Thomas Wentworth (the Earl of Strafford) and Archbishop of Canterbury William Laud were two of the most important and divisive figures of Charles I's personal rule. Both men introduced controversial measures that made them targets of much opposition, which would probably otherwise had been directed squarely at the king. Strafford in particular was something of a hate figure amongst parliamentarians, who would eventually condemn him to execution. In July 1633, Thomas Wentworth was made Lord Deputy of Ireland. He exercised his "thorough" policies there with a certain degree of brutality, using Ireland as something of a practice ground for social and military experimentation and turning the four religious groups (Irish Catholics, Catholic Old English, Protestant New English, Presbyterian Scots) in the country against each other.
I think this is an important reason why Henry closed the Monasteries because Henry needed money quickly and the Monasteries had the money. Another reason why Henry tried to dissolve the Monasteries was his problem of needing a male heir. In order to get one he needed to divorce and remarry. The Pope refused to give permission for this and this led to Henry falling out with the Catholic Church. Henry had to get rid of them to show that he was now in control and not the Pope.
Charles later did is he got Archbishop Laud to decorate the churches to make them look “more Catholic”. This made people angry because many people protestant and wanted to stay so. But that’s not the only reason religion caused the civil war: King Charles believed in the divine right (It was when the king/queen believes that god put them on the throne). Charles took all the power. Because of this, Parliament didn’t want to go with his decision.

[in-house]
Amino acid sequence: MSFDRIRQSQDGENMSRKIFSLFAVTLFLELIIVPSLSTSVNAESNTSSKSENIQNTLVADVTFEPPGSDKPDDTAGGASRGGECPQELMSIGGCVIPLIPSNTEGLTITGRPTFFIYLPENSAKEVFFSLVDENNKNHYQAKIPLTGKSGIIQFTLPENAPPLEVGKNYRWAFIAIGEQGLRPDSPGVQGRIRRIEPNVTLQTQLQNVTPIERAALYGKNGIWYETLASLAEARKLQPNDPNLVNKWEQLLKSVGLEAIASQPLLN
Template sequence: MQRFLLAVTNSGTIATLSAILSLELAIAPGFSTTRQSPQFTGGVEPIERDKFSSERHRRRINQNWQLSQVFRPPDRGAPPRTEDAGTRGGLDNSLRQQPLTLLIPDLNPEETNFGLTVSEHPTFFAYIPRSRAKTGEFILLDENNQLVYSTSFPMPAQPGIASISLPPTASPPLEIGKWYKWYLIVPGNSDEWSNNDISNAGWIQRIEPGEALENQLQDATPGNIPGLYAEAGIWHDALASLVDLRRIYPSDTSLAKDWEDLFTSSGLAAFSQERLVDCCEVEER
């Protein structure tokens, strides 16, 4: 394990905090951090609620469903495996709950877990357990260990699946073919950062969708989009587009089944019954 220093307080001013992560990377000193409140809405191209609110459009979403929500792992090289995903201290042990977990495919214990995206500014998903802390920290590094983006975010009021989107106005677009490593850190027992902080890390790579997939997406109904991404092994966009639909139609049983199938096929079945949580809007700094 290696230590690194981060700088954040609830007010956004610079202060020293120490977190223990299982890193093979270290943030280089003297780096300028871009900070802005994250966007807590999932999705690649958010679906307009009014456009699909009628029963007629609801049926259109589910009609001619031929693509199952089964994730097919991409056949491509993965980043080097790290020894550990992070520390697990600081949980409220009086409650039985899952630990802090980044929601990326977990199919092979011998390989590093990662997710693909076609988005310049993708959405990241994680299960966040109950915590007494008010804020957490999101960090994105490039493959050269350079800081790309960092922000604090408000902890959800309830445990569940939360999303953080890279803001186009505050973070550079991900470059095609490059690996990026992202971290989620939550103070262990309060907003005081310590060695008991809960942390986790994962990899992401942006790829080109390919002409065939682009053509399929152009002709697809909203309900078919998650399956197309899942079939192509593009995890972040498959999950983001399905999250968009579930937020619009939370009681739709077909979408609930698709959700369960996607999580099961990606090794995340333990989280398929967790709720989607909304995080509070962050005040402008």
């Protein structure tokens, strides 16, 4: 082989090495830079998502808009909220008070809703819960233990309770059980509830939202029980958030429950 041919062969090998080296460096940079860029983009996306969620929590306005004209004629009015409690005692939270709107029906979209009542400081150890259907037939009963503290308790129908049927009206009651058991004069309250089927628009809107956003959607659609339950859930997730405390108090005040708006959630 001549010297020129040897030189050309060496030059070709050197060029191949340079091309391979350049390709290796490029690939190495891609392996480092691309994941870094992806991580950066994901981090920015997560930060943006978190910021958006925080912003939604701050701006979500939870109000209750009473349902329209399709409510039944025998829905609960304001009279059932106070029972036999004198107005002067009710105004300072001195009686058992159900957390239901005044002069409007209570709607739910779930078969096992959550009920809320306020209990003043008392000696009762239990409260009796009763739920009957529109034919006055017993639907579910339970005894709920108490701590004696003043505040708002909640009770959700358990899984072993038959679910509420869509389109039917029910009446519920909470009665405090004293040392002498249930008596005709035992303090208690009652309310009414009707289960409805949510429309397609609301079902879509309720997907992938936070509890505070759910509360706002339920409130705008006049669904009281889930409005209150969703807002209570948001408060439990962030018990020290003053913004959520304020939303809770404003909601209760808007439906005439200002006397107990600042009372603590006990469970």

A new religion was created by Henry VIII, called Protestant. This authorized people to divorce if they were unhappy about their marriage. This made all the pope, monks and priests very irritated and angry. Henry’s hunger for power slowly increased; he wanted to dissolve the monasteries as he felt strongly about controlling the church his way. Although Henry was king of England, he thought that the pope might have more control over the people in England.
The Roman high officials saw Jesus and his Christian followers as a major threat to the Empire, even though Jesus probably had no intention of becoming a zealot, or political rebel. A high governor and judge, Pontius Pilate, had Jesus arrested and crucified. Pilate accused Jesus of treason, because Roman Emperors were supposed to be thought of
In England, Charles’s imposition of such means the “placing of altars”, mentioned in Source B, and the prominence of catholics at court also mentioned in B, created underlying discontent. Furthermore, Charles imposition of the beauty of Holiness and the abolishment of the fed fees impropriations in 1633 made puritans extremely fearful of the apparent catholic tendencies of charles. These changes did not create truly vocalised opposition for several years. The case of John Williams and his challenge to the altar policy and the early use of Prynne are evidence, I believe of how vocalised opposition to the religious reforms was of vital importance to the collapse of the Personal rule. The general build in opposition, e.g.